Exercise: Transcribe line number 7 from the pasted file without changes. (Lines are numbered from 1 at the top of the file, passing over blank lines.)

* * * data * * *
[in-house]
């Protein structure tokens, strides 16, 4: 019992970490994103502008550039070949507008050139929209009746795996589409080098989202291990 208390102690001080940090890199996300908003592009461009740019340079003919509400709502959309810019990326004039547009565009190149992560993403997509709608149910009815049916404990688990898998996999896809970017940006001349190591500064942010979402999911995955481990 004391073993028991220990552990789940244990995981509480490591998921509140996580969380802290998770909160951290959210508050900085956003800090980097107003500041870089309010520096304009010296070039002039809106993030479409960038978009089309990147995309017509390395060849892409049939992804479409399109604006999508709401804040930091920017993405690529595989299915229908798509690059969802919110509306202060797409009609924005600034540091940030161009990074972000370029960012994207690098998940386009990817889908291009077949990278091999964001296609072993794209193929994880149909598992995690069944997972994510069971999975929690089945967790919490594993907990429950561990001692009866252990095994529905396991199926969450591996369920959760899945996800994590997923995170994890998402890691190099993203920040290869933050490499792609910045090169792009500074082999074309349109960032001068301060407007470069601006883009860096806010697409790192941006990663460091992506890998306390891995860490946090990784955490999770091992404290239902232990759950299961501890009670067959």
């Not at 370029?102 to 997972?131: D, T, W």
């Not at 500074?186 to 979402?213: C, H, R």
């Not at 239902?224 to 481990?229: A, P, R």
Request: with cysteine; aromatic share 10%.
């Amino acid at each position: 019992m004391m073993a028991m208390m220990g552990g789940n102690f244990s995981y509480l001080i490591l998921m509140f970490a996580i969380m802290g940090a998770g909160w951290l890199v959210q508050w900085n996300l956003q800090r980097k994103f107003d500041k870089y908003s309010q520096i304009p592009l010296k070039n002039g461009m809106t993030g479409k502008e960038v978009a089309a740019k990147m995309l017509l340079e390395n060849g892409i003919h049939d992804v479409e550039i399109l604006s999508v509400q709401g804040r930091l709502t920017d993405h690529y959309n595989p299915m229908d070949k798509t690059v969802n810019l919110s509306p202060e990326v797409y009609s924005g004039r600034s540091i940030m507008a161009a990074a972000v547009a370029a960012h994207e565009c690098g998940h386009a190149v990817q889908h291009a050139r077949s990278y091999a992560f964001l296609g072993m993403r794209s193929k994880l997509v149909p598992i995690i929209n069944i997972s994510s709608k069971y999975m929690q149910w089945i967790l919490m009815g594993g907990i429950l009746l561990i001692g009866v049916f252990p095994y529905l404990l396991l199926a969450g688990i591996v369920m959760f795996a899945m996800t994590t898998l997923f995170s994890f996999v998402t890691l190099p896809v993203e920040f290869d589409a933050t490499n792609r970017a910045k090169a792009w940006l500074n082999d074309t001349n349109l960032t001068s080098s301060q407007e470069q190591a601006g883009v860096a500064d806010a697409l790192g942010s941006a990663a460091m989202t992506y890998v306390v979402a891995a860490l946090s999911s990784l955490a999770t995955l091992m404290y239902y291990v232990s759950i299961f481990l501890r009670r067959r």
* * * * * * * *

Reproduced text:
């Amino acid at each position: 019992m004391m073993a028991m208390m220990g552990g789940n102690f244990s995981y509480l001080i490591l998921m509140f970490a996580i969380m802290g940090a998770g909160w951290l890199v959210q508050w900085n996300l956003q800090r980097k994103f107003d500041k870089y908003s309010q520096i304009p592009l010296k070039n002039g461009m809106t993030g479409k502008e960038v978009a089309a740019k990147m995309l017509l340079e390395n060849g892409i003919h049939d992804v479409e550039i399109l604006s999508v509400q709401g804040r930091l709502t920017d993405h690529y959309n595989p299915m229908d070949k798509t690059v969802n810019l919110s509306p202060e990326v797409y009609s924005g004039r600034s540091i940030m507008a161009a990074a972000v547009a370029a960012h994207e565009c690098g998940h386009a190149v990817q889908h291009a050139r077949s990278y091999a992560f964001l296609g072993m993403r794209s193929k994880l997509v149909p598992i995690i929209n069944i997972s994510s709608k069971y999975m929690q149910w089945i967790l919490m009815g594993g907990i429950l009746l561990i001692g009866v049916f252990p095994y529905l404990l396991l199926a969450g688990i591996v369920m959760f795996a899945m996800t994590t898998l997923f995170s994890f996999v998402t890691l190099p896809v993203e920040f290869d589409a933050t490499n792609r970017a910045k090169a792009w940006l500074n082999d074309t001349n349109l960032t001068s080098s301060q407007e470069q190591a601006g883009v860096a500064d806010a697409l790192g942010s941006a990663a460091m989202t992506y890998v306390v979402a891995a860490l946090s999911s990784l955490a999770t995955l091992m404290y239902y291990v232990s759950i299961f481990l501890r009670r067959r």